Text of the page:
Radioactivity in geologic dating
Moreover, there are no (or a statistically insignificant number of) creatures that we might suppose or rationalize as evolving.Given the eons of time for evolution to take place,we should expect to see many creatures at all stages of the evolutionary process.
These halos are found by the trillions in all Precambrian granites, the foundation stones of the earth's crust.
More particularly they are found in biotite, the mica portion of the granite.
The half-lives of the Polonium isotopes are as follows: The radioactivity of these cores are of course long extinct. How could the Precambrian granites, which scientists state formed over millions of years, possibly contains evidence that would have taken only a few minutes to disappear?
Gentry wondered too, and published his findings in some of the leading scientific journals, hoping there might be some adequate response. The most common approach of the scientific community was to ignore the evidence and many journals refused to publish his work. There are only two ways that the phenomena of having a 3-minute half-life particle entrapped in granite could have occurred.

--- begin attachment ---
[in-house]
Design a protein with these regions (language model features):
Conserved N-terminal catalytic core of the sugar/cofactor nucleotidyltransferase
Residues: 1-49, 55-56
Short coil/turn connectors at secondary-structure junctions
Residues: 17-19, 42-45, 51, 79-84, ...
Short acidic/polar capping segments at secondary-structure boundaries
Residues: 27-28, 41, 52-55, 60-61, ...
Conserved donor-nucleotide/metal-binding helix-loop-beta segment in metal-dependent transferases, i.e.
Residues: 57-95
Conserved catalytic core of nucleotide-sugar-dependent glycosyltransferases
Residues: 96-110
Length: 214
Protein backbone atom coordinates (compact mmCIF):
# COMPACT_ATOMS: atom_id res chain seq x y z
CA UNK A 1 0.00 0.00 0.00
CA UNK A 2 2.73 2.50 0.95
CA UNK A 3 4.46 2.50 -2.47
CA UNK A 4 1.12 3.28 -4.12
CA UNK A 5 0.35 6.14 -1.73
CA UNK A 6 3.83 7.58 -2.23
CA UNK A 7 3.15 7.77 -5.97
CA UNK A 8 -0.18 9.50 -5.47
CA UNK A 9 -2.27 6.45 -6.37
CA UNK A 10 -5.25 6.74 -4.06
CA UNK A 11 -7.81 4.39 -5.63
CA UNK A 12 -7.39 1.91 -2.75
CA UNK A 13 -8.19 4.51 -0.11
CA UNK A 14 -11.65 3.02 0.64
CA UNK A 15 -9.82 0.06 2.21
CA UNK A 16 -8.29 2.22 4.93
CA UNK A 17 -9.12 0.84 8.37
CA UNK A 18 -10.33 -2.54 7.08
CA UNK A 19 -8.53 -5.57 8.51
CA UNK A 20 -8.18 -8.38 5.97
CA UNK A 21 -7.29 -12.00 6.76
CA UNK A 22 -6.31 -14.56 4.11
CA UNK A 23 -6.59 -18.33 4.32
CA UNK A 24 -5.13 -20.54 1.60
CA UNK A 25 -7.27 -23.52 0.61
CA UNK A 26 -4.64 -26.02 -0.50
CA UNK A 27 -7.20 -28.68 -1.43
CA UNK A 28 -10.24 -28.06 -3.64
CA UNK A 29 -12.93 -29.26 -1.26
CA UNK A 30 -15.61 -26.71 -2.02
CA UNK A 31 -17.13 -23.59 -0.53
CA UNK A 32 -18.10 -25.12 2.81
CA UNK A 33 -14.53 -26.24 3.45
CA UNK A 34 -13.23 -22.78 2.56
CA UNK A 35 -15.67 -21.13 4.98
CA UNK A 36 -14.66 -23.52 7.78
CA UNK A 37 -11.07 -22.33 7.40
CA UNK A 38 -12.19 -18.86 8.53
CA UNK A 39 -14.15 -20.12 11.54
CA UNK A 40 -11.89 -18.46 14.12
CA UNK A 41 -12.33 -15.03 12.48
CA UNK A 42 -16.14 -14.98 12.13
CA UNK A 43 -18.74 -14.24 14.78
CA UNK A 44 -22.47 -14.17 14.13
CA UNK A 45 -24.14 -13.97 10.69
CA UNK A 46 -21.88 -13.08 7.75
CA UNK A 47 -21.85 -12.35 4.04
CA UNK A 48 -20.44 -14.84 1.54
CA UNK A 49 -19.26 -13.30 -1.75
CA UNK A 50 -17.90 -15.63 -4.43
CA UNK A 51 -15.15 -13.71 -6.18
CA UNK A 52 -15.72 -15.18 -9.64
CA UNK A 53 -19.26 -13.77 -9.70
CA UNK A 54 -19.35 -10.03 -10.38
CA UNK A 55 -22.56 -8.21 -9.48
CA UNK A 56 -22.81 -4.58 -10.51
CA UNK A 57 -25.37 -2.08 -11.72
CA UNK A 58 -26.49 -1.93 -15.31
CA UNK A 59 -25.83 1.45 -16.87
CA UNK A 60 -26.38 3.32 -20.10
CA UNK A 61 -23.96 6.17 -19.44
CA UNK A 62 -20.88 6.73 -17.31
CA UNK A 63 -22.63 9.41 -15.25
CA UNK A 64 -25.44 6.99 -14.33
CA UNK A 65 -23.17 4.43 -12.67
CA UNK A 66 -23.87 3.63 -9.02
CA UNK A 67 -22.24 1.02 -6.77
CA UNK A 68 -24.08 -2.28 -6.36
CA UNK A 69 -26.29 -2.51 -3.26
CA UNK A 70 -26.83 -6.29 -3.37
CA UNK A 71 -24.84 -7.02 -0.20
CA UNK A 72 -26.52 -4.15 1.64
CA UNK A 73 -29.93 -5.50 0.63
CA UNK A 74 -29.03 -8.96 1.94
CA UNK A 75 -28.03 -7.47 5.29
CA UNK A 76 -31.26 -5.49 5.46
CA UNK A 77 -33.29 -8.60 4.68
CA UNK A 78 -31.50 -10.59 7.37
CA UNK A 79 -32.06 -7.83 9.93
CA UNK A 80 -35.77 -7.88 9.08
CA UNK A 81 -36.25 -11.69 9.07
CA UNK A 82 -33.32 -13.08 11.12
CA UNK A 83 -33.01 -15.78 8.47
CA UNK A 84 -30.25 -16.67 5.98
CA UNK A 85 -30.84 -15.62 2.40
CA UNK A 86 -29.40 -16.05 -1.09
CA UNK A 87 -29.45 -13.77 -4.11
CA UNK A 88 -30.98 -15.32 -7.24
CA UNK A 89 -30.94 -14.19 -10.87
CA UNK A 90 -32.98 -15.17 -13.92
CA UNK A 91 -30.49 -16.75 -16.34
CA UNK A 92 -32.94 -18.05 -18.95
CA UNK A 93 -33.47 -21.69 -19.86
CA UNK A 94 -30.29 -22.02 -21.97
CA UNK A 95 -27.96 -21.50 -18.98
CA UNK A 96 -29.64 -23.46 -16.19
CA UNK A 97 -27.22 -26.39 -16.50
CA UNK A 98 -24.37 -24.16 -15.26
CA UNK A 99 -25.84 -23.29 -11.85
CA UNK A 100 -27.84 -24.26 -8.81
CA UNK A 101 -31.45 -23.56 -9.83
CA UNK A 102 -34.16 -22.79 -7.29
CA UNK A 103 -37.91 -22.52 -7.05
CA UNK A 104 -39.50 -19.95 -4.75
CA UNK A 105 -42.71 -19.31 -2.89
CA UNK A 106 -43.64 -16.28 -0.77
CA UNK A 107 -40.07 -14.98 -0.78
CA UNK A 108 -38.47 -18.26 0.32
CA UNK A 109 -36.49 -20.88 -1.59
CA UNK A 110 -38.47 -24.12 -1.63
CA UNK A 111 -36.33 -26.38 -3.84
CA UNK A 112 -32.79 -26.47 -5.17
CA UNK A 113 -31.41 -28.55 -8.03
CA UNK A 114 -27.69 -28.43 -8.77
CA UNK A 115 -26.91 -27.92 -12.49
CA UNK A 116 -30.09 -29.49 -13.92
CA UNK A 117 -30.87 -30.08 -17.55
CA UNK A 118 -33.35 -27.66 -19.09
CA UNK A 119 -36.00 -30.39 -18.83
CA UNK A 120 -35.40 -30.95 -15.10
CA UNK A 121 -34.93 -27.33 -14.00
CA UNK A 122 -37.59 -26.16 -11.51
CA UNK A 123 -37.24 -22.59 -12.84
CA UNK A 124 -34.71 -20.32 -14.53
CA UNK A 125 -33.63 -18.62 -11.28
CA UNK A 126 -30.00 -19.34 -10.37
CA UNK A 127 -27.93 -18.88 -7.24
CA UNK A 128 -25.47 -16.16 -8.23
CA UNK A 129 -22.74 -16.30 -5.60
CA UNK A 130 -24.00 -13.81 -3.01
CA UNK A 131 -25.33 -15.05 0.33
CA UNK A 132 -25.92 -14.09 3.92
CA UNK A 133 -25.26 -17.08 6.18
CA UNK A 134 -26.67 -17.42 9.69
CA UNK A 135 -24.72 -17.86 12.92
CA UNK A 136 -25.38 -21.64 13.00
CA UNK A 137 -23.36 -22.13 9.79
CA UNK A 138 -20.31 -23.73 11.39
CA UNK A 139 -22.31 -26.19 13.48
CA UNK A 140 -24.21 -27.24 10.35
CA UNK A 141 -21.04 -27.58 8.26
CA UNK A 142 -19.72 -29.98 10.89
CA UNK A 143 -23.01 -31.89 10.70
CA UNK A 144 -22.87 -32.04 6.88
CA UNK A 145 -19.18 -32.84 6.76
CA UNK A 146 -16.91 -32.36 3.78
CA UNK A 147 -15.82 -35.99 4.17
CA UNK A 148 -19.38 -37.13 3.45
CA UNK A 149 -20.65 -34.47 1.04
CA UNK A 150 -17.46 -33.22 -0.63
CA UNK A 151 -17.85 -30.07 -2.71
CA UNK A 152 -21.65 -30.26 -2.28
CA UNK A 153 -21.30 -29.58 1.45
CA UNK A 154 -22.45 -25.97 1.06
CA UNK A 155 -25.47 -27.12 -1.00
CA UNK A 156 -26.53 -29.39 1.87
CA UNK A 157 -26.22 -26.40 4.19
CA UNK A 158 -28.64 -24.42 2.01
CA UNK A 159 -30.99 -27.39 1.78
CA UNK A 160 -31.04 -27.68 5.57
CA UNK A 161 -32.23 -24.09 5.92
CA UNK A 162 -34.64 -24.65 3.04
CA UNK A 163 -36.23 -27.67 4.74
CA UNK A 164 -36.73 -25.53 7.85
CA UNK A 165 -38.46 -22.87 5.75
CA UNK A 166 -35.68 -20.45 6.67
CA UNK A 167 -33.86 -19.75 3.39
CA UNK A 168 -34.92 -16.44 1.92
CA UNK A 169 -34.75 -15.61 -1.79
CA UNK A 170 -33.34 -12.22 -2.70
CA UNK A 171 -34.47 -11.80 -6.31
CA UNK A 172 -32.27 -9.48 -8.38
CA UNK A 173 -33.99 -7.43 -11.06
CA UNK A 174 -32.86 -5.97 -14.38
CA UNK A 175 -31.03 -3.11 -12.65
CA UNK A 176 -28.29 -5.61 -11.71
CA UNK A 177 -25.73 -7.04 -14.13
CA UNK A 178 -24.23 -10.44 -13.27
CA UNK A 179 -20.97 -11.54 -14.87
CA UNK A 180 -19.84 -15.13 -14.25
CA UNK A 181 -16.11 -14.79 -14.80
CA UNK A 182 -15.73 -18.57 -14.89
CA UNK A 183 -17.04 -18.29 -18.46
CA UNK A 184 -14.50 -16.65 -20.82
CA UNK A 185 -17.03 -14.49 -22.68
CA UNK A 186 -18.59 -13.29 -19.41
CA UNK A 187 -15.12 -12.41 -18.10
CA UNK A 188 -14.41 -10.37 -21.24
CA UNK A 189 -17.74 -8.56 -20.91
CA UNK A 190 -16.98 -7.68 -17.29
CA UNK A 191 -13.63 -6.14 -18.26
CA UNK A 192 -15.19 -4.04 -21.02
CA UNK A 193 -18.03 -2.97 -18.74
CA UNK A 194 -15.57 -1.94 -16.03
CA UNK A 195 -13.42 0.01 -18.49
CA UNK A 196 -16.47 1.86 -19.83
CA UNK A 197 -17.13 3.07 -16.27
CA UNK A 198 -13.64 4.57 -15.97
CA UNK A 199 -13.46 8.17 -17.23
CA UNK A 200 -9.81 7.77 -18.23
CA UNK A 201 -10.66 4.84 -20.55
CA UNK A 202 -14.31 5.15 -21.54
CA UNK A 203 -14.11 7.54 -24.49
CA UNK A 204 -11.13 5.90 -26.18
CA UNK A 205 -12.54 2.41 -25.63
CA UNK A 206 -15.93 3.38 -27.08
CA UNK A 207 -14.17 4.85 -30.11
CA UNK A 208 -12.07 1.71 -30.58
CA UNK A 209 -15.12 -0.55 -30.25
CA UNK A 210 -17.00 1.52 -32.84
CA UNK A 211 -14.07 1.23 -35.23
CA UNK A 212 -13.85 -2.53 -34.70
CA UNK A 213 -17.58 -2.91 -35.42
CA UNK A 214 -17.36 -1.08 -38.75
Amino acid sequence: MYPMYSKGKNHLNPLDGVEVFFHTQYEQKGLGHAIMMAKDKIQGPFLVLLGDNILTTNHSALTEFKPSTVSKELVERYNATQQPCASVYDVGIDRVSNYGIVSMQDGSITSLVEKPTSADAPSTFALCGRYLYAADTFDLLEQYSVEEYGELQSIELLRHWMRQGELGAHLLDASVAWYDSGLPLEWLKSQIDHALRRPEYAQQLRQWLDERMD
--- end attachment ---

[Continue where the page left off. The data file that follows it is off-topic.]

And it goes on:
The chance of such a mutant finding an exact complementary mate within its lifespan would be extremely remote given the infrequency of mutations, and especially fertile mutations.
Yet scientific observation reveals that of all the hermaphroditic creatures, only the flatworm is self-fertilizing.The first option can only have come about through instantaneous creation.The second at some later event (such as the Fall of Adam) at which time the death causing process of radioactivity on earth may have begun.Idealized three-dimensional illustration of a 210 Po halo obtained by slicing the halo through the center.Each halo ring is identified by the appropriate isotope and its alpha energy in Me V (Million electron Volts)Idealized three-dimensional illustration of a 214 Po halo obtained by slicing the halo through the center.The first option seems the more reasonable of the two.